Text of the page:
Cripes! Prof Andy McIntosh

How does he do it? William Crawley is the presenter of Sunday Sequence, one of the most popular shows on BBC Radio Ulster. He also has a BBC blog which I've only recently started following, but it is full of gems. Following the success of "The Creation Wars" (which exposed some True Weirdness among adherents of the selective literal interpretation of Genesis), he has followed it up with another interview with Professor Andy McIntosh of Leeds University (pictured). This is the chap (Professor of Thermodynamics and Combustion Theory, apparently) who thinks that evolution violates the 2nd Law of Thermodynamics, and a massive sky-pixie magicking the universe into existence about 6000 years ago doesn't. Hats off to William for this one - it's a neat interview, and poor old Andy does his darnedest to avoid answering straight questions.

Sadly, the good people of Leeds, and the students at their historic university are being seriously short-changed if senior science appointees seriously believe this sort of trash. How post-modern is that?! Ironically, Leeds has on its homepage (at the time of writing) a prominent link to an article about using evolution to develop new drugs. Obviously they feel it works... Perhaps Andy would like to explain to them where they are going wrong.

04 January 2007

Pseudotruth in pseudocience

I've been following this discussion with interest [William Crawley's BBC Blog]. It would be misleading to think that one eminent doctor's very personal views on Intelligent Design are shared by the genetics or medical scientific community (and unfortunately advocacy of the "Truth in Science" bandwagon does give this impression). People see the banner "leading geneticist supports Intelligent Design", and then think that if it's good enough for that person, it's good enough for me.

That's not the way science works. A very eminent person can doggedly cling to a very wrong idea, and ID is a very wrong idea. Complexity - even "irreducible complexity" (a very sloppily defined term in what passes for the ID "literature") is not a barrier to Darwinian evolution. Standard evolutionary models not only *allow* irreducible complexity, they *predict* it.

Unfortunately, by giving the impression that crypto-religious pressure groups like TiS are in some way pushing a valid science agenda, some "leading academics" are being duped into becoming pawns in a game that is quite deliberately and intelligently designed to undermine science and science education. I think that is sad, and I hope this is just a temporary lapse of judgement.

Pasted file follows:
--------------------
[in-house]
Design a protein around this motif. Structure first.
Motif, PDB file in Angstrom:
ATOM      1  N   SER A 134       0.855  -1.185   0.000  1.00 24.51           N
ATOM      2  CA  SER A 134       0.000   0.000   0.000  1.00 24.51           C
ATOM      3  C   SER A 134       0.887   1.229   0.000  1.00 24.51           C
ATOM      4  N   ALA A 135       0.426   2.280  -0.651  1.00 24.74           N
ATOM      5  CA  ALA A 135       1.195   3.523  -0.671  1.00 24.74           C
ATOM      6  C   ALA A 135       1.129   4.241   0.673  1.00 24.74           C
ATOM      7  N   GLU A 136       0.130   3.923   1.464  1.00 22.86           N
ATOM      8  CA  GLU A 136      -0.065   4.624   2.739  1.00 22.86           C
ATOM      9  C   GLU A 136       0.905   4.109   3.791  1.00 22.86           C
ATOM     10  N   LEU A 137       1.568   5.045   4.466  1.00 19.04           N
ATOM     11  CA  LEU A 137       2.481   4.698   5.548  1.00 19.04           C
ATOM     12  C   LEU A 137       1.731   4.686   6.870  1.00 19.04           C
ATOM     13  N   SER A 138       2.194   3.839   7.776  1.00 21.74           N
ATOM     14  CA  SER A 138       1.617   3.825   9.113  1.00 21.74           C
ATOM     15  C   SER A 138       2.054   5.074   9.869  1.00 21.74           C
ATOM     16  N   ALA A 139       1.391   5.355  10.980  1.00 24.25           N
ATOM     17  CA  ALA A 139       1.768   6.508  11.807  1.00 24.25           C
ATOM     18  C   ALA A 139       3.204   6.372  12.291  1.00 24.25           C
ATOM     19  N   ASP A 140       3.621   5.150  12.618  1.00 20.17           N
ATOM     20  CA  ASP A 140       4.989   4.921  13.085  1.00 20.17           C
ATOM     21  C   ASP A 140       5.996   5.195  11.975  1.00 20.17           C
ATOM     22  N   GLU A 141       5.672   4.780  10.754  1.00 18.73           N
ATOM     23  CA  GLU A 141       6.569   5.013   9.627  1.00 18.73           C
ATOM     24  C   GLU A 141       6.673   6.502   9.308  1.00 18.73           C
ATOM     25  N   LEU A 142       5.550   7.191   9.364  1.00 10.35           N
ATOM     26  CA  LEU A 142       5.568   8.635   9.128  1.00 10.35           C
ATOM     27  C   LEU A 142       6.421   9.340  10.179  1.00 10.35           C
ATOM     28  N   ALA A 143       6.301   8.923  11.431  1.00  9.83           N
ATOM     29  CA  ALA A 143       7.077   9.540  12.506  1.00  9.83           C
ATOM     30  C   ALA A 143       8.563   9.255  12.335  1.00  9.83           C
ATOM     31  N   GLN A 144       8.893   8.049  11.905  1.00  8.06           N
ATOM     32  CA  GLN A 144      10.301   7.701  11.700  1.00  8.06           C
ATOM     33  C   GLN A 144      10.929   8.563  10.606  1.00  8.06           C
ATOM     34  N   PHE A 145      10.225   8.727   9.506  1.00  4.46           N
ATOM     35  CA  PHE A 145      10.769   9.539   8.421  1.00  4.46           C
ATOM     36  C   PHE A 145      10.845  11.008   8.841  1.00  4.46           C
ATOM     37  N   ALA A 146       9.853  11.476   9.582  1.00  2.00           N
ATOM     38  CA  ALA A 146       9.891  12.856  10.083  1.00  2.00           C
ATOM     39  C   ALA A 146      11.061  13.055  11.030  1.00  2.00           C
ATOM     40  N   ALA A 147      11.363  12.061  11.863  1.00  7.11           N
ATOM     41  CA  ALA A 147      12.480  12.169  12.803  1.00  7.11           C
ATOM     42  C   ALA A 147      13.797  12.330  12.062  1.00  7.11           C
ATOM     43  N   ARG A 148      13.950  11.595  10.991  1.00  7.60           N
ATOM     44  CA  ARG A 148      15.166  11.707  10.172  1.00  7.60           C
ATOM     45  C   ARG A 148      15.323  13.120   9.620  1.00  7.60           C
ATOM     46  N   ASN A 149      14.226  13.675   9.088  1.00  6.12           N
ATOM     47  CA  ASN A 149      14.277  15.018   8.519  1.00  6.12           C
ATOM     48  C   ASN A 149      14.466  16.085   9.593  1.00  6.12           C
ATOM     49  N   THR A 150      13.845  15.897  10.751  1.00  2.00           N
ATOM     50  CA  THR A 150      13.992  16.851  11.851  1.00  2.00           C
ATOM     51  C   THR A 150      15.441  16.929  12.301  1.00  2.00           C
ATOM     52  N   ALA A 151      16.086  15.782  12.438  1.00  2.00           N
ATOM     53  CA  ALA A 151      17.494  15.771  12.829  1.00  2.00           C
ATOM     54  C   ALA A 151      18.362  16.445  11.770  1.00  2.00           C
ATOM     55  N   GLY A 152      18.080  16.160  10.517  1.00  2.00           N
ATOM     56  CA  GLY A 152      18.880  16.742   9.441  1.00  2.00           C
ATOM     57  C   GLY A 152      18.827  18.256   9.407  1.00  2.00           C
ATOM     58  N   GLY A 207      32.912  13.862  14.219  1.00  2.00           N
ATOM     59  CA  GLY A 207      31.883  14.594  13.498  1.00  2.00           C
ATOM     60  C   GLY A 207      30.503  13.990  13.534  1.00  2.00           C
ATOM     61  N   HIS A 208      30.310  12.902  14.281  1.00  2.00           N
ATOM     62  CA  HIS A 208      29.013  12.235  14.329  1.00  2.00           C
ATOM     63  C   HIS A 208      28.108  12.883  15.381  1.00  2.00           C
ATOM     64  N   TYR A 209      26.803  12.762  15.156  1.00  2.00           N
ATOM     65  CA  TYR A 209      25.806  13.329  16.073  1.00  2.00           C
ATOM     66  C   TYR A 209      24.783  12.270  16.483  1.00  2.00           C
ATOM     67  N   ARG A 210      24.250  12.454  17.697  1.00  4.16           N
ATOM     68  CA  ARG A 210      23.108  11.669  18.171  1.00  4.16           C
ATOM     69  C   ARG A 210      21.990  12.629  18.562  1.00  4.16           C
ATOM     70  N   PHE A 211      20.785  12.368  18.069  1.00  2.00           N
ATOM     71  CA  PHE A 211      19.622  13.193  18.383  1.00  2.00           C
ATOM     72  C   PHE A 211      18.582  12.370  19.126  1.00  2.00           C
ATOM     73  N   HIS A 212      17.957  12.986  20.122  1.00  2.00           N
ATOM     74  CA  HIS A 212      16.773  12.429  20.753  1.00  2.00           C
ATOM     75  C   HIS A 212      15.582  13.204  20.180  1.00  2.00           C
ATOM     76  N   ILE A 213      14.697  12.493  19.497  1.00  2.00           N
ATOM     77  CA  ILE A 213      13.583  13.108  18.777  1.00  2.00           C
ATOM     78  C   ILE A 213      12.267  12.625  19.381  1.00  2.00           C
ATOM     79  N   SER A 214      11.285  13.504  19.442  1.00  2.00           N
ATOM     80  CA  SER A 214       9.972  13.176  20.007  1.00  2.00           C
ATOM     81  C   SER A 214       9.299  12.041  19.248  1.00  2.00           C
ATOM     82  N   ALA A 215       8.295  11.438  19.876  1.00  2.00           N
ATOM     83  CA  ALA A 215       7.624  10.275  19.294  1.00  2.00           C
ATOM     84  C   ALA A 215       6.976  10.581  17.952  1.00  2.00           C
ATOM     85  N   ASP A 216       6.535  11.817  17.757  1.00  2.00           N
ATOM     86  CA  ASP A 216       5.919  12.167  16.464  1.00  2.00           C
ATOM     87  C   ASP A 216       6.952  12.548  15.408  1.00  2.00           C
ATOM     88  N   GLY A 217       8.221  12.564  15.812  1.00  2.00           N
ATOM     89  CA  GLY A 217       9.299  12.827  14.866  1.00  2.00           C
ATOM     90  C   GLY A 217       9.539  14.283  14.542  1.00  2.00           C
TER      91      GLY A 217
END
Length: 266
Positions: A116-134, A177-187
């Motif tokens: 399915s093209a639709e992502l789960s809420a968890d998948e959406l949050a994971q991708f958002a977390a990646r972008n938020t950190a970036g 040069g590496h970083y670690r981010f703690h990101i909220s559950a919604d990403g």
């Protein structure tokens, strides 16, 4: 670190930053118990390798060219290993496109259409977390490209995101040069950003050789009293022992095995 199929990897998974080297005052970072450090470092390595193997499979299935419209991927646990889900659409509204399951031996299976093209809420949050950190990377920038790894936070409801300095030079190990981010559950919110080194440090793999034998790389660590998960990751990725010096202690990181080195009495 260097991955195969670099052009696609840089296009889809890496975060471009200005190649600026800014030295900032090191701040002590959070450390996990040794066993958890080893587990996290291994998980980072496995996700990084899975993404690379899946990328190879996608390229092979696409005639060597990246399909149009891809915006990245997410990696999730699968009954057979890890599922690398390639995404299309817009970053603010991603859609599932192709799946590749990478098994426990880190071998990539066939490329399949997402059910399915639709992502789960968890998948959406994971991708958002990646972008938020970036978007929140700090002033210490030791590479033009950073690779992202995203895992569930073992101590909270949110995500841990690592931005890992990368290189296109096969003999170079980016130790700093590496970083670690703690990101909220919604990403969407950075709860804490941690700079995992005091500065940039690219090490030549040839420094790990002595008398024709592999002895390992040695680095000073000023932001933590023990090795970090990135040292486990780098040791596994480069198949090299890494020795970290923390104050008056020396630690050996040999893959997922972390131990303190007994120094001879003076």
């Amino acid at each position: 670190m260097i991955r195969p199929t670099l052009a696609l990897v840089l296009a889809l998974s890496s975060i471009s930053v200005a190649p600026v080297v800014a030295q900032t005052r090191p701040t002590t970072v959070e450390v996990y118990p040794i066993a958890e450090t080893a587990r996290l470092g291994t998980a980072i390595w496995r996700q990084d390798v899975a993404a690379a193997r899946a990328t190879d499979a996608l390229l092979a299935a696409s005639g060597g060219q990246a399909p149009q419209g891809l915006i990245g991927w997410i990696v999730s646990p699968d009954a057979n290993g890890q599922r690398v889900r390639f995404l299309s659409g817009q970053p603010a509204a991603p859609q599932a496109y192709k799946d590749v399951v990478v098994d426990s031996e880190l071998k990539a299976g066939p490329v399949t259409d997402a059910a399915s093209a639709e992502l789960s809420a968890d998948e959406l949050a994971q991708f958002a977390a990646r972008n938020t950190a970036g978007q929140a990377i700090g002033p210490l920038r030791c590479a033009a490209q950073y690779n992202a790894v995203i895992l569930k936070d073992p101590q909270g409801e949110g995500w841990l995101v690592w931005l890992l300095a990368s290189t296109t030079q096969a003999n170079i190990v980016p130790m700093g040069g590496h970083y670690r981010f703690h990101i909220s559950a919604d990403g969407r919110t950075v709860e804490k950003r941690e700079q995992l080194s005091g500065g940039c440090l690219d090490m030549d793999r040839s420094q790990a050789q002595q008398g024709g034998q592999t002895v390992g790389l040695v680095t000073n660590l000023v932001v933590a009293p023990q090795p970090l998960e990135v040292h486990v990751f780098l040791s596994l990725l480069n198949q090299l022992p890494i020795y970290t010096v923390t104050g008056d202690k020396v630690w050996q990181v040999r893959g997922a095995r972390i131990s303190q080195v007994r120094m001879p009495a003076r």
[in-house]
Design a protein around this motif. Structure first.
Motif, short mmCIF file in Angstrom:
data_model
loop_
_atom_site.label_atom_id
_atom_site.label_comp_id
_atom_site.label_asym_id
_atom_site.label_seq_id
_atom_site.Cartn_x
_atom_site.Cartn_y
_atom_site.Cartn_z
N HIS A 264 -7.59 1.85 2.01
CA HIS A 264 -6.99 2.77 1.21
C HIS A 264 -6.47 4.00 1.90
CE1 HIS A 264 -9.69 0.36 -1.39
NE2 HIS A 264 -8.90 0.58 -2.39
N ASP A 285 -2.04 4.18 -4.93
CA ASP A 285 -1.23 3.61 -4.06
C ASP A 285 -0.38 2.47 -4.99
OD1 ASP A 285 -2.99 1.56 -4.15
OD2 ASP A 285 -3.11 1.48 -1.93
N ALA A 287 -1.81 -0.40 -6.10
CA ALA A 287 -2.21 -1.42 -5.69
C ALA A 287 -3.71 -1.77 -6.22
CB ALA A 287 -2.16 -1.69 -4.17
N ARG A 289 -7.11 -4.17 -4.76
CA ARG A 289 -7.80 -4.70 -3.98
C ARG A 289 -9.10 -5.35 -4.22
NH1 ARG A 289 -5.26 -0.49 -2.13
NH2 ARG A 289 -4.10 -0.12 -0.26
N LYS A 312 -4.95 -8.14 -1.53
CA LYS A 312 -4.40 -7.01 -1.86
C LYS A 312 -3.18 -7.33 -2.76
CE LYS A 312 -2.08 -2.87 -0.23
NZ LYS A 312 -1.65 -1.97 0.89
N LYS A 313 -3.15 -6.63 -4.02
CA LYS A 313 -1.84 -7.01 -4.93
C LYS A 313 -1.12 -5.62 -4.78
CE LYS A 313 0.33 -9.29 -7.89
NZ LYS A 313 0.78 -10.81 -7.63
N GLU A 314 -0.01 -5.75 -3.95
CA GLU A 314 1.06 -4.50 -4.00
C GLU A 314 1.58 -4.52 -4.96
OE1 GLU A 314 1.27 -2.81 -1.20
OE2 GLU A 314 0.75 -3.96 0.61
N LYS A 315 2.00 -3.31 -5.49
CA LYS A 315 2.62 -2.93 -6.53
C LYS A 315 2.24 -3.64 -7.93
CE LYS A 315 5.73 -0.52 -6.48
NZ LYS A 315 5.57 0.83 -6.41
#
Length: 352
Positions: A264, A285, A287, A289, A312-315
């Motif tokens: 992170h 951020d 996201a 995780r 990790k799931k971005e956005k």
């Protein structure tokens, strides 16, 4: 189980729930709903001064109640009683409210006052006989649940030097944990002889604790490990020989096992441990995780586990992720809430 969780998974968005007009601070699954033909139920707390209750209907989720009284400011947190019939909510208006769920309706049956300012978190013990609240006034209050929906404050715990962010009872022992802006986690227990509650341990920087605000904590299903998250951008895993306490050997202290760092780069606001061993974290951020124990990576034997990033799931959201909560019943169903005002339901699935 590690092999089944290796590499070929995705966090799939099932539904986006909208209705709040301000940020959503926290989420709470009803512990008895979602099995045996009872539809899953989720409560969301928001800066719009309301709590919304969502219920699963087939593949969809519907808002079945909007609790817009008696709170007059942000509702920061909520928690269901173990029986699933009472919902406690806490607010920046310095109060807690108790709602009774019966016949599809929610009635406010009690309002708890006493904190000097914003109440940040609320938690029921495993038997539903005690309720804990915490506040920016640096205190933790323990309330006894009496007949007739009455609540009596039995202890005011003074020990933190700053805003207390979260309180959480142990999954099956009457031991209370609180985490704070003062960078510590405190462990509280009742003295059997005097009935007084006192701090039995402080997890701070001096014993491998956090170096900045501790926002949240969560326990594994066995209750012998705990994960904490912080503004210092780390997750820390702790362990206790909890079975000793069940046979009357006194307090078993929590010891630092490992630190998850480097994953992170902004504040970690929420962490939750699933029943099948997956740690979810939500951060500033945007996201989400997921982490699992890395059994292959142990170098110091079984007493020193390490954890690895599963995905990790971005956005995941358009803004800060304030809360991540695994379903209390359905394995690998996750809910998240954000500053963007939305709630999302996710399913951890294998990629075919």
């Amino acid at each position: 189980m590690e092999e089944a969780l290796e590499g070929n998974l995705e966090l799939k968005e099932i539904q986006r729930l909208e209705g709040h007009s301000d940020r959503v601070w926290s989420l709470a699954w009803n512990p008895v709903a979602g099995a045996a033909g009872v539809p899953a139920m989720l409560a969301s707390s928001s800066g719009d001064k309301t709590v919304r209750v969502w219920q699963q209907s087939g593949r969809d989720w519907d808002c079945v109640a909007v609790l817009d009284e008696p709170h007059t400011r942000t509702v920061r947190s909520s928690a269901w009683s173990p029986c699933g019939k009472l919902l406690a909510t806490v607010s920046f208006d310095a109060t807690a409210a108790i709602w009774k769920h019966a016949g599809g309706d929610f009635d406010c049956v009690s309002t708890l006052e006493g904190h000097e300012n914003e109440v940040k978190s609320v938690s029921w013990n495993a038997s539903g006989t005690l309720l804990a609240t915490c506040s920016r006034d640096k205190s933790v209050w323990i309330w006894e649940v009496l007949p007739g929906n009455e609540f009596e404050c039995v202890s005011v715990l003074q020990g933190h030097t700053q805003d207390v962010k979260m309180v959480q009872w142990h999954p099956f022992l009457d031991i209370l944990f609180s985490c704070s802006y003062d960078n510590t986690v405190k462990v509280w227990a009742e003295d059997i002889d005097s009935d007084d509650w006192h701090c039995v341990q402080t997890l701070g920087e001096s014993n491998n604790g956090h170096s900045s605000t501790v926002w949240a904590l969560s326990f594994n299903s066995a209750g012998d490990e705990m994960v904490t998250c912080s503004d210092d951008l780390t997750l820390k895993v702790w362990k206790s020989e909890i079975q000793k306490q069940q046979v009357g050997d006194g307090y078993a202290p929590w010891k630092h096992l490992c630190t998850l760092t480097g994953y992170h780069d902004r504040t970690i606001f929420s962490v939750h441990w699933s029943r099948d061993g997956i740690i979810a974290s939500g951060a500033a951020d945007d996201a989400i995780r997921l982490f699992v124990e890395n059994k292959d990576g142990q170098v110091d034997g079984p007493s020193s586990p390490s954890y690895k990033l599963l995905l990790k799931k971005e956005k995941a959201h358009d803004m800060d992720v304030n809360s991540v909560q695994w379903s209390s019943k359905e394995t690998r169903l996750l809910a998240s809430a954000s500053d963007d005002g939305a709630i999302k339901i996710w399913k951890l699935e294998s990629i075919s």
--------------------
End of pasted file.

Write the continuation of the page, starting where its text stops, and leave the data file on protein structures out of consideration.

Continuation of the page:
It would be relevant to point out that even Francis Collins, a *really* eminent geneticist and committed Christian, or Ken Miller, another *really* eminent geneticist and committed Christian, hold ID and creationism in nothing but contempt, and would not give TiS the time of day. The vast majority of the scientific community is of the same view, but science is not a democracy - it's the evidence that counts. And by the evidence, ID is as dead as the flat earth.

03 January 2007

God-shaped hole

If you start out with a god-shaped hole, you end up with a hole-shaped god.

Think about it.

Richard Dawkins

The man is a genius. I mean, he just is. Of *course* there is no evidence for god. What's more, he doesn't engage in "sophisticated" theobabble like the theologians would like - he just tells it straight.

Personally, I think a lot of Christian folks have anti-Dawkins antibodies, and they think it is oh so clever to slag the chap off for being crude or "intolerant". Or that Dawkins only criticises a caricature of god; *their* god is so much more complex than the simplistic straw man that Dawkins erects. So they feel they can safely ignore the arguments - they can run away in the delusion that their concept of god is unscathed by the Dawkinsian logic.

It's a defence mechanism, and a remarkably effective one. It works for many Christians. But there is one major flaw. Dawkins is right. It doesn't require deep philosophical musing; you don't need to read Augustine, Aquinas, C.S. Lewis or anyone else. The emperor has no clothes, and that's the end of the story.

My waffling about Christian Atheism is largely about identifying those anti-Dawkins antibodies, and helping people to overcome them. There is a hard core of potential good atheists who find it hard to make the jump, and hard to "give up on god". For those folks, I think there may need to be a different strategy than strident assertion of atheism (much as we need that - atheists deserve a higher profile). Perhaps a companion volume to "The God Delusion" would be helpful, but in the absence of that, try "Losing Faith in Faith" by Dan Barker.

01 January 2007

Christian Atheism

Now here is an interesting viewpoint. Bob Jensen explains all:

"I don’t believe in God.

I don’t believe Jesus Christ was the son of a God that I don’t believe in, nor do I believe Jesus rose from the dead to ascend to a heaven that I don’t believe exists.

Given these positions, this year I did the only thing that seemed sensible: I formally joined a Christian church."

Have a look at the full article to let Bob explain himself. There is a lot of sense in there; I suspect that there are a lot more atheists in the pews of Christian churches than many would suppose...